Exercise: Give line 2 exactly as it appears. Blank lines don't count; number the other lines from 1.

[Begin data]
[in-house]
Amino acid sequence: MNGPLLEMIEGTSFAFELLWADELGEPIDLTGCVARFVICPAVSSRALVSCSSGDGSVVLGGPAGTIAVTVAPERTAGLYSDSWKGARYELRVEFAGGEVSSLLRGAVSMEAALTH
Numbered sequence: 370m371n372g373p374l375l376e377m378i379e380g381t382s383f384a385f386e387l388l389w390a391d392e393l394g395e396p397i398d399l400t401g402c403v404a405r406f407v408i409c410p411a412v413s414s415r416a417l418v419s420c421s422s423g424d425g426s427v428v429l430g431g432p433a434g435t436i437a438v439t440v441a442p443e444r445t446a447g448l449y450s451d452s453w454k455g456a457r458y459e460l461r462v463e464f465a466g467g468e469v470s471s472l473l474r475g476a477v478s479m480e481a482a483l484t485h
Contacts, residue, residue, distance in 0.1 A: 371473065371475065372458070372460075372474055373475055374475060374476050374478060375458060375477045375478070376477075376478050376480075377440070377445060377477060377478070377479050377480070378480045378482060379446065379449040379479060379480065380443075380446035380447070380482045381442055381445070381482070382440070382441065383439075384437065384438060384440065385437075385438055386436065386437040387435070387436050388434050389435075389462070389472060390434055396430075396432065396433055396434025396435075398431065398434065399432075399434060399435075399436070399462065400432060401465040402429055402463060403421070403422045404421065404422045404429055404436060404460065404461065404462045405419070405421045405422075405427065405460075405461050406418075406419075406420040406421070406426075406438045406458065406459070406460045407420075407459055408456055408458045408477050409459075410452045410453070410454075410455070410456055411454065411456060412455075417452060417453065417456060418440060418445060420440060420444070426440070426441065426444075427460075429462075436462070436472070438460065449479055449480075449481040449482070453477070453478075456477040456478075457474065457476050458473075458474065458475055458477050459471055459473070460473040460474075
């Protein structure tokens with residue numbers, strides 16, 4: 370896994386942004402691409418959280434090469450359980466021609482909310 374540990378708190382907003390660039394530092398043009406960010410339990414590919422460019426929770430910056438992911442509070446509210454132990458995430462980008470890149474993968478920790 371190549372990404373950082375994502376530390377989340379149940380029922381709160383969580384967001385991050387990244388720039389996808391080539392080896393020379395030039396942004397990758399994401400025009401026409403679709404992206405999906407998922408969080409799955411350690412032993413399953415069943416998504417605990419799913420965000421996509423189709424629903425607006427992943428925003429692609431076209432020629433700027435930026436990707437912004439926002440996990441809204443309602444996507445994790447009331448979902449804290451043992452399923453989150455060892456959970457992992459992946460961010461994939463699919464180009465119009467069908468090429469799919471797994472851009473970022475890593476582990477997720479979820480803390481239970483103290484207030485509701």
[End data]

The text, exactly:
Amino acid sequence: MNGPLLEMIEGTSFAFELLWADELGEPIDLTGCVARFVICPAVSSRALVSCSSGDGSVVLGGPAGTIAVTVAPERTAGLYSDSWKGARYELRVEFAGGEVSSLLRGAVSMEAALTH